Mirmotahari says IFC made the decision to work with buyers who had advanced systems to monitor and evaluate their suppliers. The likes of PUMA and Levi Strauss already carry out detailed audits and have invested heavily in this area, so it made sense to partner with these buyers also in supply chain finance. On the basis of the buyers’ environment and social management systems, suppliers can then be approved for financing. “At first, this could be seen as an obstacle,” Mirmotahari says. “We would have to tell buyers that, on top of everything else, we also have to review how you are managing the environmental and social performance of your suppliers. You can imagine, the CFO of a company may not be exactly thrilled by having to do that extra step. However, bringing in tiered financing and providing suppliers with a financial incentive to improve their environment and social compliance, created a win-win-win between the buyers, suppliers and IFC.”
PUMA, however, has a system which rates suppliers in terms of how they’re performing on environmental and social criteria. “We found that their systems were quite advanced and thorough,” says Mirmotahari.
The PUMA project on which Waechter and Mirmotahari collaborated was the first of its kind in Europe. It differs from others in that the programme was offered not only in developing countries where the IFC would facilitate funding, but to all suppliers across the spectrum. Larger suppliers were to be financed through one of PUMA’s core banks, BNP Paribas (BNPP). Waechter says: “Our intention was to bring this to all of our suppliers, regardless of where they are located, including emerging countries such as Bangladesh, Vietnam and Pakistan which might need IFC assistance or elsewhere where other banking partners are available. After a tender between group core banks, we decided to bring BNPP in. This acceptance was based on the prerequisites that BNPP joins the GT Nexus platform as a funding partner and apply the sustainability-based price grid of the programme, also used by IFC. This way, BNPP became the first market-listed bank accepting a sustainability-based interest rate grid for a SCF programme.”
The implementation of the project was done on the basis of PUMA’s own models and standards which were reviewed by the IFC. Mirmotahari says, “Each brand [the IFC works with] has developed their own metrics and while they are all very similar, they differ in their rating scales and in some methodologies which we review.”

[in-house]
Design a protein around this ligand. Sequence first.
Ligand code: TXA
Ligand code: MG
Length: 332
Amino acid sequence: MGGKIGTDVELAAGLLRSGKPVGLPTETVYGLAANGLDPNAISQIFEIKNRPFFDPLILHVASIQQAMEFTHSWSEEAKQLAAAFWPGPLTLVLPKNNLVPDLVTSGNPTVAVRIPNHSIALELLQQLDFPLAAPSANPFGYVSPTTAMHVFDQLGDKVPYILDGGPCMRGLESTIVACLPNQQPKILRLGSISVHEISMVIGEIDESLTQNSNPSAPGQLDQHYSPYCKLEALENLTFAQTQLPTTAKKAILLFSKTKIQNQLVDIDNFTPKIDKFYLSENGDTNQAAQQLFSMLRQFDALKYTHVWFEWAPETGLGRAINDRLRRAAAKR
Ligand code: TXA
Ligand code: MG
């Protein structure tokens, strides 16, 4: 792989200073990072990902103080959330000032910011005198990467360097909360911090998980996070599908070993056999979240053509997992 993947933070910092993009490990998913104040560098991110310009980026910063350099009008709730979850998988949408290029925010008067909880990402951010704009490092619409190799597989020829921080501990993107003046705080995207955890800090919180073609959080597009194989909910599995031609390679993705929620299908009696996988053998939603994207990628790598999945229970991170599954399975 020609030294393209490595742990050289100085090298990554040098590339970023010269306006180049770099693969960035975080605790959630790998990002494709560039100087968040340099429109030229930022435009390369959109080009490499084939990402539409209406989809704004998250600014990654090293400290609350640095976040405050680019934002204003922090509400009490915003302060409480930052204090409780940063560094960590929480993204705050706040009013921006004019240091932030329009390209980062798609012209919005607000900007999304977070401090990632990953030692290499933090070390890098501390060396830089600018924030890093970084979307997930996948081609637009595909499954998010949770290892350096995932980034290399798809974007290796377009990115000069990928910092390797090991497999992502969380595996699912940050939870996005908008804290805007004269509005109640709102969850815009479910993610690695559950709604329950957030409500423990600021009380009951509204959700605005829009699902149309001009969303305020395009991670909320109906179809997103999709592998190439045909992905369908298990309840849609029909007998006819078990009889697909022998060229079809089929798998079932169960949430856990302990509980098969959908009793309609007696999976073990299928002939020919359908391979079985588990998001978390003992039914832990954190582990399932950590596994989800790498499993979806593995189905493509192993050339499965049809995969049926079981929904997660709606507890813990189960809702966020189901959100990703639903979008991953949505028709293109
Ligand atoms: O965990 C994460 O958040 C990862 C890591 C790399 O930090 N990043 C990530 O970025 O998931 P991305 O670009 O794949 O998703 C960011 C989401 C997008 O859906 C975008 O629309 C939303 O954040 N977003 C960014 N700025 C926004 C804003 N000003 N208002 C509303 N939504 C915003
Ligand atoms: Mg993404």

On PUMA’s side, Waechter explains that the implementation was different to other SCF programmes, because in addition to the typical finance colleagues, the chief operating officer’s team – responsible for sourcing and corporate social responsibility (CSR) – also came in. They are the interface to PUMA suppliers and the driver behind the PUMA social and environmental rating, which is one important factor of the financing costs in the SCF programme.
Waechter was keen to stress that this exercise wasn’t a means to extend payment terms, but more a response to growing demand from suppliers for a SCF programme and the wish to incentivise suppliers’ investment in CSR programmes.
Another benefit of the programme is its flexibility. “Suppliers may make use of this programme at certain times, but they do not have to notify someone. They just click into the platform and apply for early payment for specific invoices without having to notify us or a bank or somebody else,” says Waechter. “Normally, when they sign up to other programmes, they have to notify the buyer and that would make it apparent that they are in a weaker position, probably.”
PUMA’s programme was launched in April 2016. Since then, 7% of their 300-plus suppliers have joined, covering approximately $40m-worth of invoices on a cumulative basis. Suppliers have positively embraced the programme. “Some of our smaller suppliers don’t otherwise have access to alternative or cheaper financing sources. The bigger ones who sign up have already got a very positive sustainability rating and may make use of the programme to benefit from the non-recourse character of advanced payment (for example, at a key balance sheet date),” says Waechter.
The IFC currently has four similar programmes live and another four in the pipeline. Waechter’s and Mirmotahari’s belief in the future of such programmes is supported by a recent study by Tufts University which reviewed the IFC-ILO Better Work Program and which showed that improved working conditions led to better productivity in workers in Vietnam, directly benefiting the bottom line. “In the last few years,” says Mirmotahari, “companies that perhaps didn’t take sustainability as seriously before now see it as one of the primary risks to their business and there is a greater realisation that financing and sustainability need to be more closely linked in order to achieve better results.’’